At St Barnabas CE Primary School, we believe that English and communication are key life skills. Through the English curriculum, we help children develop the skills and knowledge that will enable them to communicate effectively and creatively through spoken and written language and equip them with the skills to become lifelong learners. We want children to enjoy and appreciate literature and its rich variety.

We follow the National Curriculum for English. Each year, the children cover a range of text types and wherever possible, opportunities for application of these skills to be applied across the curriculum are carefully planned.


How do we teach ‘writing’ at St Barnabas CE Primary School?

We adopt a ‘mastery’ approach to teaching writing: this means that we teach a specific skill or set of skills, then give pupils opportunities consolidate, embed these skills, then opportunities to practice and edit/up-level it before doing an independent piece of writing where children are expected to apply their learning. Children will compose a full text from a series of ‘parts’ instead of being expected to write a complete text within one session. This means that paragraphs/sections should be developed with detail and written to show aspects of cohesion. This approach will require children to draft and re-draft their work; this is a process which is continually modelled and revisited as part of every teaching sequence so that it is successfully embedded throughout the school.

Throughout all key stages, we follow the ‘Talk for Writing’ approach for teaching English. High quality texts are chosen to inspire and motivate our children, exciting and inspiring ‘hooks’ into the text are created by our teachers and clear and purposeful outcomes are planned for each unit.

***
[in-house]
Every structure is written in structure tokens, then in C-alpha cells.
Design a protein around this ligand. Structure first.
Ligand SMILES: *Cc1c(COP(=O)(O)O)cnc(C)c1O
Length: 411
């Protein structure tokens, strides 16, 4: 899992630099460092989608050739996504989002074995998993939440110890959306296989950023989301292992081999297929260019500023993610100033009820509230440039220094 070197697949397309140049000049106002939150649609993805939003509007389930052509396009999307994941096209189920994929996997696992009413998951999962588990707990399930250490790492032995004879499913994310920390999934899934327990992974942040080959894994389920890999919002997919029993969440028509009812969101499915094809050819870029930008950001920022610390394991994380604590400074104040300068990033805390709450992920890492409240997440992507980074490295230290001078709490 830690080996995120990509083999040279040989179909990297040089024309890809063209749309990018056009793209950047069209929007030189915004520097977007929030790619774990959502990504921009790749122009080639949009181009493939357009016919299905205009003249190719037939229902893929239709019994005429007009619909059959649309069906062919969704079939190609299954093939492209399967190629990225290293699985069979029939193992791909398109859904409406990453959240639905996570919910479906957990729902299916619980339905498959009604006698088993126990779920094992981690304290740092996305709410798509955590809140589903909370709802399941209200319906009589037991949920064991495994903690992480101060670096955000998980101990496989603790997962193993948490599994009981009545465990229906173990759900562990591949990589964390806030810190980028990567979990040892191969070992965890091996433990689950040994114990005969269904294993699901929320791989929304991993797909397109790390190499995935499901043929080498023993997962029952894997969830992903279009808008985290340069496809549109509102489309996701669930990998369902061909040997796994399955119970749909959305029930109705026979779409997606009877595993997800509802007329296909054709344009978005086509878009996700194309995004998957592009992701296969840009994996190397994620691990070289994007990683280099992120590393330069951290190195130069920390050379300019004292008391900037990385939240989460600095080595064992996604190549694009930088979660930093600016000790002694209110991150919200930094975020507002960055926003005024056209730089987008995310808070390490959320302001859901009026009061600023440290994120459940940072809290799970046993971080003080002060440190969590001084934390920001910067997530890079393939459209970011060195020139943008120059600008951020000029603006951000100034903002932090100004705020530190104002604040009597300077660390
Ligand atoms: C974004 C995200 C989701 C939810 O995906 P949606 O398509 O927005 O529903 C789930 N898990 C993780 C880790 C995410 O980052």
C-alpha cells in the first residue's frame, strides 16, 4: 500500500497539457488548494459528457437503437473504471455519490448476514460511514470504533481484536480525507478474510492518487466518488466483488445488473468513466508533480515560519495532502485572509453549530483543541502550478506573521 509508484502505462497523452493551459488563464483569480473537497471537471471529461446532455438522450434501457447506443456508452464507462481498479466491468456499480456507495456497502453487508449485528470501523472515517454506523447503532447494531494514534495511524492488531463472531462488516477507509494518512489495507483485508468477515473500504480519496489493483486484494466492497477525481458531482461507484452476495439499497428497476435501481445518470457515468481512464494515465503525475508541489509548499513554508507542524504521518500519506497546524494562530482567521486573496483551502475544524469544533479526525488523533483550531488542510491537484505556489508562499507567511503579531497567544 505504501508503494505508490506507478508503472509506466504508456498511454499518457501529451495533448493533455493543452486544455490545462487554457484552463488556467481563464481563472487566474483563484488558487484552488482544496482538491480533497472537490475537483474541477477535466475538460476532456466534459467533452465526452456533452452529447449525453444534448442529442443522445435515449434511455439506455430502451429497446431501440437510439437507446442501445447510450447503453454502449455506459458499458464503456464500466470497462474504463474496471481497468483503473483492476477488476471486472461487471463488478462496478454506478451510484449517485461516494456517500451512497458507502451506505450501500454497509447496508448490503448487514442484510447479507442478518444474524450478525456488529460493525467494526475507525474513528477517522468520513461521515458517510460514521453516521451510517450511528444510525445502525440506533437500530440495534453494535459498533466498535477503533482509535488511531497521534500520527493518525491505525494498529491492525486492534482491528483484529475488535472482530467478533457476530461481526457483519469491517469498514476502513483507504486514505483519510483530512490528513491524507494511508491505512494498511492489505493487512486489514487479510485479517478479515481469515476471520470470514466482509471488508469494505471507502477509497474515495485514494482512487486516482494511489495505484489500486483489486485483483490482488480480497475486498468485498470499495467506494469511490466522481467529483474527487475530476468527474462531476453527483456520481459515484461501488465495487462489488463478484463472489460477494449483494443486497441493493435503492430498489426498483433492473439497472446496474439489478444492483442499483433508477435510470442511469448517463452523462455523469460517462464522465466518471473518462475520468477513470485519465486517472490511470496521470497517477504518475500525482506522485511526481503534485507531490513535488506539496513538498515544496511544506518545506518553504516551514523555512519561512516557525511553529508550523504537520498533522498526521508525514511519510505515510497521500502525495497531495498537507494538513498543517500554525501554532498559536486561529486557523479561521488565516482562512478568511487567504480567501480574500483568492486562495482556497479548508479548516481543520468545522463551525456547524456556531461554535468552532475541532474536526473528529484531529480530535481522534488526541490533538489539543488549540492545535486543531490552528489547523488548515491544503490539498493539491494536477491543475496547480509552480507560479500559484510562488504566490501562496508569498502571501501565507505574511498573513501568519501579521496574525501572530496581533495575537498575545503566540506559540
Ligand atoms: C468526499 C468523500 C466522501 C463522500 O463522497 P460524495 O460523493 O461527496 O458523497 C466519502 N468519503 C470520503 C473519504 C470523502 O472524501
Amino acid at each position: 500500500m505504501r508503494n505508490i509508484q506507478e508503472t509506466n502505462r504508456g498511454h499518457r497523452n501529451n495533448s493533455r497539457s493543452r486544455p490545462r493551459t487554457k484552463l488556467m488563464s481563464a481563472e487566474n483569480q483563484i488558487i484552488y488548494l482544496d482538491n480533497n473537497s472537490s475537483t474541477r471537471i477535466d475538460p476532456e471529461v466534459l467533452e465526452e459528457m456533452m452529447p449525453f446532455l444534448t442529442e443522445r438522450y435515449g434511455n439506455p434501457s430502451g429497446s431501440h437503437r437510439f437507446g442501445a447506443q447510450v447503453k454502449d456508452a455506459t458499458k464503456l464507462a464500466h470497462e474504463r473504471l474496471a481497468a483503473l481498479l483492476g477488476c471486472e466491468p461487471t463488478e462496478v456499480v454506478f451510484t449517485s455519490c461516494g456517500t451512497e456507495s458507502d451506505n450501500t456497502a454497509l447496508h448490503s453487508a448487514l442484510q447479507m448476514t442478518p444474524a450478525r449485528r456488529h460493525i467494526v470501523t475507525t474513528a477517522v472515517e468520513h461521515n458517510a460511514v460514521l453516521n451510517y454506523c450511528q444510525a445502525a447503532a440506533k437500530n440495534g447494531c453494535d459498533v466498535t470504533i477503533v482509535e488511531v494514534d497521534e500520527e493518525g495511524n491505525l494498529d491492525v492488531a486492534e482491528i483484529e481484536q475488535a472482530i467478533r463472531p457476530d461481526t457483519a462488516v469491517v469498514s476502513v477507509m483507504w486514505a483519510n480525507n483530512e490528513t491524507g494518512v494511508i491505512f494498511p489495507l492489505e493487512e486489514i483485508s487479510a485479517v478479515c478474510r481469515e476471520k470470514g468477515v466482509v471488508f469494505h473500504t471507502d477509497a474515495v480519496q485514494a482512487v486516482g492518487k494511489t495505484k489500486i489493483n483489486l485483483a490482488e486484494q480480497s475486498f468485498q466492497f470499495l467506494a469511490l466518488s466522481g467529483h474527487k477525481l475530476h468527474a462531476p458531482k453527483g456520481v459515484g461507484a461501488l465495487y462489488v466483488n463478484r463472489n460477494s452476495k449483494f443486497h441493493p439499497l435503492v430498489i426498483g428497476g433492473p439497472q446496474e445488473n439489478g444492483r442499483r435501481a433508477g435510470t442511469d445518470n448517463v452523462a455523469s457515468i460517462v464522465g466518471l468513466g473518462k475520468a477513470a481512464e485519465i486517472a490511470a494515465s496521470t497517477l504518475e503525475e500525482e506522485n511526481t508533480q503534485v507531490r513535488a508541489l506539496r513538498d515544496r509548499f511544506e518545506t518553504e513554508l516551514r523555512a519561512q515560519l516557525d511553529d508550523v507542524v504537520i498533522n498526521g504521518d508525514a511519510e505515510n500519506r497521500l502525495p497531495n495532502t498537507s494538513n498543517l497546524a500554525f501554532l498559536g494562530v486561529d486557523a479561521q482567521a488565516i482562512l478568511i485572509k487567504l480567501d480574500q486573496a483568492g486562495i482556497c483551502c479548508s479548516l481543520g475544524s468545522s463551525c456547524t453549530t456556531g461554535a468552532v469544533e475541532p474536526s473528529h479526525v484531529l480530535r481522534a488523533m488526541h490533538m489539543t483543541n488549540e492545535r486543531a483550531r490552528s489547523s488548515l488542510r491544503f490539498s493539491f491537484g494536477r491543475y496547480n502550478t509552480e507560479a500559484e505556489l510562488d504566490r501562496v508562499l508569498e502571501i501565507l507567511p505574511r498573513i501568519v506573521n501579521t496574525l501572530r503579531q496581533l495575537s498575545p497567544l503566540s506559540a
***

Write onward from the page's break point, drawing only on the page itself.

We use a wide range of teaching methods during English lessons, but the most important element of all of them is ‘oral rehearsal’ – this means giving children the opportunity to practise what they want to write by saying it out loud before they commit it to paper in their book. Children need to be given the opportunity to organise their thoughts into coherent sentences, and talking through their ideas is the best way for them to do this. Lessons are structured to ensure that children are given opportunities to verbalise what they want to write before being expected to actually write it down. We believe that children should follow a 4-step guide when composing a sentence: THINK it, SAY it, WRITE it, CHECK it.


Handwriting is a limiting factor when it comes to assessing children’s writing. To achieve the expected standard at the end of Year 2, children must show evidence of joined handwriting in some of their work; they must also make sure that their letters are formed correctly and are the correct size. If a child cannot produce legible joined handwriting at the end of Year 6, they do not meet the criteria for ‘working towards’. To achieve the expected standard, they must ‘maintain legibility, fluency and speed in handwriting through choosing whether or not to join specific letters’.


At St Barnabas we have developed our own handwriting script. Our approach to handwriting aims to empower children to develop their own style of handwriting from a secure base (correct posture, positioning of paper, pencil grip, letter formation, start and finish points). At the developmental stage, children’s handwriting should be observed closely to ensure the above. It should be neat, legible and fluent with increased evidence of joining; however, it may not ‘mirror’ the school style exactly or consistently, as children should adapt their handwriting to suit the purpose (eg. note-taking compared to final draft).


Assessment of Writing

Teachers will continually monitor and assess children’s progress against a set of ‘Standards’ that have been produced by the Department for Education. These assessment judgements will be reported to the Senior Leadership Team once per term.


To support the teacher’s assessment of children’s progress and attainment, children will complete an assessed piece of ‘cold-writing’ several times in the academic year. The genre of this piece of ‘cold writing’ will be one that has previously been taught; however, the assessed piece of writing will involve a new context and will be completed at distance from the teaching sequence. This piece of writing will be used to support and inform the final teacher assessment.

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St Barnabas CE Primary School

Collin Street, Warrington,

Cheshire WA5 1TG

01925 633606